Germán López from Fort Worth survives covid-19 and accident and wins the Golden Gloves

Fort Worth - You are too young to determine what was the hardest thing to overcome: Covid-19, the car accident, or the pain in your neck that kept y

Fort Worth – You are too young to determine what was the hardest thing to overcome: Covid-19, the car accident, or the pain in your neck that kept you from turning your head during a fight.

Germán López contracted covid-19 in June 2020.

“It was ugly. I lost my taste and smell. I was feeling tired and lazy. I had headaches for six months, ”he says.

Later he injured his back working in construction with his father in the first days of the year; and a week after winning the Texas Golden Gloves in May, he had a crash.

In fact, he is lucky to be alive.

“The car hit me on the side and made me turn,” he said. “I was very lucky. I was fortunate that nothing happened to me ”.

Between the seat belt, the airbag that was deployed to the side of his head, he was left intact, but his car was smashed.

The only thing that happened to him was a sprained right wrist.

A few months later, the recent Arlington High School graduate raised his right hand in triumph, something Fort Worth hadn’t celebrated in more than 30 years.

Over the weekend in Tulsa, Lopez won the Golden Gloves national tournament belt in the 125-pound category.

Thus, López became the first Fort Worth fighter to win the Golden Gloves since Sergio Reyes and Kevin Ford did in 1988, and Eric Griffin in 1989.

It’s been a seven-year process for the 19-year-old Lopez, who began his athletic career playing soccer before stepping into the ring, where he feels like a fish in water.

“My mom put us into soccer and taekwondo when I was 7 years old, but I really didn’t like it,” he said. “What I liked was soccer.”

He learned about boxing through his brother Gerardo, and took some classes at Paulie Ayala’s gym, in western Fort Worth.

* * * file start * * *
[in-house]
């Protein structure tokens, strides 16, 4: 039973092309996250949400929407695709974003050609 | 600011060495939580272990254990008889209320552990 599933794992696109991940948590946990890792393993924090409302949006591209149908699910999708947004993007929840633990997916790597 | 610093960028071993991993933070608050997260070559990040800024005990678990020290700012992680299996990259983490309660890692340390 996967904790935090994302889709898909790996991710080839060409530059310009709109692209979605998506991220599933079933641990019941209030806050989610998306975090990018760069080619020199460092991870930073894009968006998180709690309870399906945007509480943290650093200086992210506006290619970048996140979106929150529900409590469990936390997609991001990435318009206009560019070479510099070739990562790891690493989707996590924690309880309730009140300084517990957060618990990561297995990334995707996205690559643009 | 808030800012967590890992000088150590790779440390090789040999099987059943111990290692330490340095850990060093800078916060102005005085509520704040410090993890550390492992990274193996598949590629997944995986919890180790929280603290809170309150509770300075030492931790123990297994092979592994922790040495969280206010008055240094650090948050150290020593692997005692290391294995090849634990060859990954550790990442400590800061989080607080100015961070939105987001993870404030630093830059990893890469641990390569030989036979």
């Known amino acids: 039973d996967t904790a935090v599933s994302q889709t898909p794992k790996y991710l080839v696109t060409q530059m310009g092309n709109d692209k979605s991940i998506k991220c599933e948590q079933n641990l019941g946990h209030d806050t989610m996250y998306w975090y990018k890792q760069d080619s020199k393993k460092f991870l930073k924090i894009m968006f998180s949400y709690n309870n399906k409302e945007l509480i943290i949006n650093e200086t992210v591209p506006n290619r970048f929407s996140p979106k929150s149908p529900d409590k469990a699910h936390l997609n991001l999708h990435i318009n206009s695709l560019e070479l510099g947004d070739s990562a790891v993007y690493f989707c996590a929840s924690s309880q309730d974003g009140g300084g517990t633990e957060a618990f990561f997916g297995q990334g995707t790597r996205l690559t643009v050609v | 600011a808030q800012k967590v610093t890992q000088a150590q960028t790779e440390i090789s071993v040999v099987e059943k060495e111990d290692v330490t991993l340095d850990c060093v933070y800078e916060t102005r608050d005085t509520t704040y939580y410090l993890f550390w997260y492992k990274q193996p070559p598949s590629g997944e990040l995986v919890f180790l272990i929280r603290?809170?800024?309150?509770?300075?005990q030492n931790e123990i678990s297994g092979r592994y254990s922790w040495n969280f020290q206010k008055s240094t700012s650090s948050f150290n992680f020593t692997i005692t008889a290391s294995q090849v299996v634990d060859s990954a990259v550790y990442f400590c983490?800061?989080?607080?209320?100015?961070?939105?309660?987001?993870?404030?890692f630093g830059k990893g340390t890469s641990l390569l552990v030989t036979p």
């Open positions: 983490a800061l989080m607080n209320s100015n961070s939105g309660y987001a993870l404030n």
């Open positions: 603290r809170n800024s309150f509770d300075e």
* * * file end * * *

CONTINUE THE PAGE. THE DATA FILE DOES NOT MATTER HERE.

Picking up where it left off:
Ayala, a former bantamweight champion, has been training youngsters in the box for years. Young fighters come and go, but almost immediately he noticed something in Lopez.

“He grabbed it automatically, but I didn’t really know if he wanted to fight,” Ayala said.

It’s one thing to take a boxing class and do boxing exercises to get in shape; It is a very different thing to get into the ring to train and fight.

Ayala kept him busy and traveling from tournament to tournament in Texas, Louisiana, Arkansas and Oklahoma, just to see how Lopez coped.

“He is talented, athletic, very disciplined and trains a lot,” Ayala said. “If you come, he will be training and you won’t even notice.”

“He is not scared, but what I wanted was to see him think more in the ring because he is very aggressive.”

Lopez likes to emulate current boxing star Errol Spence from DeSoto. Lopez is willing to take risks and make himself vulnerable in hopes of landing a good blow.

For now he continues to work with his father on the construction site, and his plan is to be a firefighter. You are thinking of going professional.

But first, there is a major amateur tournament through USA Boxing next December that Lopez has his sights on.

If he does well there, he will probably turn professional.

“The sooner the better, but he has to believe in this as much as we believe in him. He has to believe in himself, ”Ayala said.

“Now, having won the Golden Gloves, he knows he can beat the best in this division.”

After covid-19, a crash, a back injury and being unable to turn his head during a championship fight, Germán López can take on almost anyone.

Report by Mac Engel of Fort Worth Star-Telegram for Tribune News Service